“Cry Macho” by and starring Clint Eastwood hit theaters this Wednesday, the story of an old man tasked with finding a missing teenager.
WHAT DOES IT TALK ABOUT ?
Fallen rodeo star Mike is given a seemingly impossible mission: to travel to Mexico to find a boisterous teenager (whose best friend is a tame rooster) and bring him to Texas. It will take him to face the Mexican underworld, the police and his own past.
Clint Eastwood, 91, is back in front and behind the camera with Cry Macho, his thirty-ninth achievement, two years after The Richard Jewell Case. To write this story, he called on screenwriter Nick Schenk (La Mule, Gran Torino) who reworked a screenplay by N. Richard Nash (The Rainmaker), already offered to Eastwood in 1979, and which he had declined. at the time.
We find in the film a visual atmosphere quite similar to that of Honkytonk Man, which already contained a pre-adolescent character with a rooster. The film itself told the story of a sick country singer and opted for a staging that could be described as “nostalgic”, even melancholy.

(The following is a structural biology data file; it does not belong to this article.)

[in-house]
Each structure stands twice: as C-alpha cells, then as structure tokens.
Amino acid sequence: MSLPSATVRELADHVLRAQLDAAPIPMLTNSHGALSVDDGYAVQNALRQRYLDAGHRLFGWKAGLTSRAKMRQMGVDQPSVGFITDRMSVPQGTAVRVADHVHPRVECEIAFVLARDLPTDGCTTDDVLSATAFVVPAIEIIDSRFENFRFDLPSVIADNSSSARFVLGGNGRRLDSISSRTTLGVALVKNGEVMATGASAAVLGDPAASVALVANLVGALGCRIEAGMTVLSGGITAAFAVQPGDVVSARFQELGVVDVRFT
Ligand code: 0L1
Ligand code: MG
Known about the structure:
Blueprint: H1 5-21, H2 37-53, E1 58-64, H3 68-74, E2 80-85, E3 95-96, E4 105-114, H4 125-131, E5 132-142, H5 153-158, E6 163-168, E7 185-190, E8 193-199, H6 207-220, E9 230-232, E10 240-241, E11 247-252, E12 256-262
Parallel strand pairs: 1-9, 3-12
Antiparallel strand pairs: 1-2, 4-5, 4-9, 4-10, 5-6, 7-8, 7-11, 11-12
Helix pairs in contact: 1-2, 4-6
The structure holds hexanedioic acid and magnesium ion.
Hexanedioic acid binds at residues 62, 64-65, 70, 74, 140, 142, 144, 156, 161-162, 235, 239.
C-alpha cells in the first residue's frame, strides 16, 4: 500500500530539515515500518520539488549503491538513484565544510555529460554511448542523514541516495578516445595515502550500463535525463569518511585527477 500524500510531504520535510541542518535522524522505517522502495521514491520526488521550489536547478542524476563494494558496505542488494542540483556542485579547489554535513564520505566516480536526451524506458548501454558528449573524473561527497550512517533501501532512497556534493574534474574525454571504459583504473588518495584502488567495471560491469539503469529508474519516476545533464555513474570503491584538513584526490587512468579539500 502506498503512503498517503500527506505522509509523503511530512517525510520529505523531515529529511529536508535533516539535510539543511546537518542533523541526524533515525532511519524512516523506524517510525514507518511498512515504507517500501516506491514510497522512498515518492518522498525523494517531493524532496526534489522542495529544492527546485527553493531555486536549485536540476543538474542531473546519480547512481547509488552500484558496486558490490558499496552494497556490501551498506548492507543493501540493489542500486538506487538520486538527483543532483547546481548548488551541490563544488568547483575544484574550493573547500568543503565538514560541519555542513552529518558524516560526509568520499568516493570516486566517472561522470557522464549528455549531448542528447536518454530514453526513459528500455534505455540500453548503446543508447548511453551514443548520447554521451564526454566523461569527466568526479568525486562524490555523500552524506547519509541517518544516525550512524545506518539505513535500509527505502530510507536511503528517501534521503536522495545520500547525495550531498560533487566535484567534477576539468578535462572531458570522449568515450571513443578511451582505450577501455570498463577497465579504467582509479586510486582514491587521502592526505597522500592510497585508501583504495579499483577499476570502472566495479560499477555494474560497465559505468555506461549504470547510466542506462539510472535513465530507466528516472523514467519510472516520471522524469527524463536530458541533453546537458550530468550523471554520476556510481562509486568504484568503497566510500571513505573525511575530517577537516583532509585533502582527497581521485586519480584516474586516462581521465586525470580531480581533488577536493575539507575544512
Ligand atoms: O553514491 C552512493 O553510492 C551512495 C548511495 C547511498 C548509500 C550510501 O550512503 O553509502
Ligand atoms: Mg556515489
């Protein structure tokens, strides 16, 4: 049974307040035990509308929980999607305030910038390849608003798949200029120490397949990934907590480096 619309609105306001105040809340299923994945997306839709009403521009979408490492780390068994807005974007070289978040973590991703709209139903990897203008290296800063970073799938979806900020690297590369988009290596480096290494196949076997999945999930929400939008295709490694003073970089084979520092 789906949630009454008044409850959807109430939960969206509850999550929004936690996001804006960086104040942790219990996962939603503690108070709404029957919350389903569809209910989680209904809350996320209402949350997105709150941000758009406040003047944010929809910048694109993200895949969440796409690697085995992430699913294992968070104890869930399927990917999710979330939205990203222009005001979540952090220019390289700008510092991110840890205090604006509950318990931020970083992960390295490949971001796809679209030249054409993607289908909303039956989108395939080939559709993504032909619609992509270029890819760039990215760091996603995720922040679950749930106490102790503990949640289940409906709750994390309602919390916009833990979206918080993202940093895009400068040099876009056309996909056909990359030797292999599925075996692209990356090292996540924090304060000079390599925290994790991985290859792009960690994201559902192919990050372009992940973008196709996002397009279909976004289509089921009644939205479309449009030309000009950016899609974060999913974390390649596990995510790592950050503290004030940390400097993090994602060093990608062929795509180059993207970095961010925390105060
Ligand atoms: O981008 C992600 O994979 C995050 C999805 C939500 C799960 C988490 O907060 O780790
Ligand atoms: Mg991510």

So here we are not in a muscular thriller like Eastwood has been used to during his long career in which he would recover the kidnapped son by firing multiple 357 magnum shots at the kidnappers. No repeated shootings here, but rather moments of life filmed with tenderness in a film which is perhaps more than ever part of the director’s characteristic humanism.
With Cry Macho, the filmmaker is also interested in the question of transmission, which here goes both ways, because young Rafa has things to teach old Mike. Their forced road trip will remind some of the excellent A Perfect World, in which a Kevin Costner on the run hit the road with a young hostage played by TJ Lowther.
Clint, the hat screwed on his head, his eyes narrowed as never before, also offers himself scenes of a loving grandfather and comes out of his last roles as grumpers with a strong character to show himself more vulnerable.
Finally, those who liked him in his westerns will not be disappointed, since we see him again on horseback, against the backdrop of the sunset with his silhouette intact, almost as at the time of his first roles. Sometimes it doesn’t take more …
Clint Eastwood, his obsessions as a director scrutinized: